The British women who are training to be Orthodox rabbis

'I have no doubt in our kids' generation, women will be rabbis in the United Synagogue'


Two UK Jewish women who are training to become Orthodox rabbis spoke of their hopes of forging a path for others.

Lindsey Taylor-Guthartz, a teaching fellow at the London School of Jewish Studies and a longstanding lecturer at Limmud, is due to complete her rabbinic studies at the pioneering Yeshivat Maharat for women in New York in the coming year.

Miriam Lorie, one of the founders of the Kehillat Nashira partnership minyan in Borehamwood, joined the yeshivah’s four-year semichah programme in autumn.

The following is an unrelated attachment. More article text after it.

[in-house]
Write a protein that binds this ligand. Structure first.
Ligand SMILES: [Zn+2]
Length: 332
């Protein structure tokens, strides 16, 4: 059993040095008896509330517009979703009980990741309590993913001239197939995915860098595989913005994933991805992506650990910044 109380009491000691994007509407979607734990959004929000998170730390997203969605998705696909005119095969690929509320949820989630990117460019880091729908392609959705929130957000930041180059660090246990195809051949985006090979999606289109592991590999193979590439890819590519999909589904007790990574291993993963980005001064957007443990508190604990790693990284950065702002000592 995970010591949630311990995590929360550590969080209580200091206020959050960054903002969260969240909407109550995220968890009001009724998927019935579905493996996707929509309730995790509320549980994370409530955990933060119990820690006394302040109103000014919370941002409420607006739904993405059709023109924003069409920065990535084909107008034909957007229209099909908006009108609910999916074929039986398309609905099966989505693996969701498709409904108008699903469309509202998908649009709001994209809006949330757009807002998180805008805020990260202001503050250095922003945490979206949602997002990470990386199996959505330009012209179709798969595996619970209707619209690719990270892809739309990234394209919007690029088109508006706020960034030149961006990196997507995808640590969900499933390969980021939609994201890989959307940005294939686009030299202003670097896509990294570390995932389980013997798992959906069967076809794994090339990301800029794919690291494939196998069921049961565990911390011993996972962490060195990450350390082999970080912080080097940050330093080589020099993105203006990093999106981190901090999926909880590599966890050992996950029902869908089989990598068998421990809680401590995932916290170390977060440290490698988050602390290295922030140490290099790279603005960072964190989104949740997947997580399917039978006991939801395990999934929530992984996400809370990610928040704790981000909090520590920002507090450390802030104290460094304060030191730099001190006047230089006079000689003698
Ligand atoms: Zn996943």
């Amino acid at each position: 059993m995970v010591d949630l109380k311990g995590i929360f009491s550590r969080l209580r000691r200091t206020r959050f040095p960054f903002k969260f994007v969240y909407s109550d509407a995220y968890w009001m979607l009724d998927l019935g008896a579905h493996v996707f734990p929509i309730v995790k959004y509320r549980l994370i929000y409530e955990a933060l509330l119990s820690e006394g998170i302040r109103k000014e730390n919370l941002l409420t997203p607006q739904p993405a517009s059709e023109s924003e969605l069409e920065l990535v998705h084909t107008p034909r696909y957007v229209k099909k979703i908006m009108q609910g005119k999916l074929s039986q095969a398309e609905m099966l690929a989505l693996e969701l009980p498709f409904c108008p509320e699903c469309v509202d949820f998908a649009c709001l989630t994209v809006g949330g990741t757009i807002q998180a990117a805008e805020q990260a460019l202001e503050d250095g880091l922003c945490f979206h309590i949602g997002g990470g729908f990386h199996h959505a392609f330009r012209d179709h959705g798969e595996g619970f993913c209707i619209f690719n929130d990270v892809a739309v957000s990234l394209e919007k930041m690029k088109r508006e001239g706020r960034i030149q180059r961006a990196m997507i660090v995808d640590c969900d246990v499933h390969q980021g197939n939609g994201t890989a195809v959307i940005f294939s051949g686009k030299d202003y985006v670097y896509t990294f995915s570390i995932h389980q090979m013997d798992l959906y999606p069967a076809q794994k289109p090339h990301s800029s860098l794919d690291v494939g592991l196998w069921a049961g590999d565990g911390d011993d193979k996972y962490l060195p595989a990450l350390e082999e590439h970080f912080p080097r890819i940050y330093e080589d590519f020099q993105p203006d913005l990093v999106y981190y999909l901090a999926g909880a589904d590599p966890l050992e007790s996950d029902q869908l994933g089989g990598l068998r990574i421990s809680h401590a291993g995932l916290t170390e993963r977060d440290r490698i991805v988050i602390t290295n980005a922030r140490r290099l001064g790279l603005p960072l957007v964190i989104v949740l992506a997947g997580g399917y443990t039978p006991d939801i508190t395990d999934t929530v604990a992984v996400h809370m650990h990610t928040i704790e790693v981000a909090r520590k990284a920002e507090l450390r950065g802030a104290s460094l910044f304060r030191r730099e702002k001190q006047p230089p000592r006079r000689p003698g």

Dr Taylor-Guthartz told Limmud,I thought, well if I can do it, I will be a sign to other people that they can do it. And if I am not a communal rabbi, it doesn’t matter… I will have done something that will possibly help the next generation.”

Mrs Lorie said she didn’t know where her career would lead but she hoped to be able to officiate at weddings and life-cycle events.

While her career may not fulfil her rabbinic dream, “it might be our daughters’”, she said. “But I hope that what we are doing gets us to the point where it is a norm and it is not controversial.

“I am pretty sure I won’t have a job at a United Synagogue shul in my lifetime but I really have no doubt that in our kids’ generation, women will be rabbis in the United Synagogue.”

It is two years since Rabba Dina Brawer, now in the United States, became the first British student ordained at Yeshivah Maharat.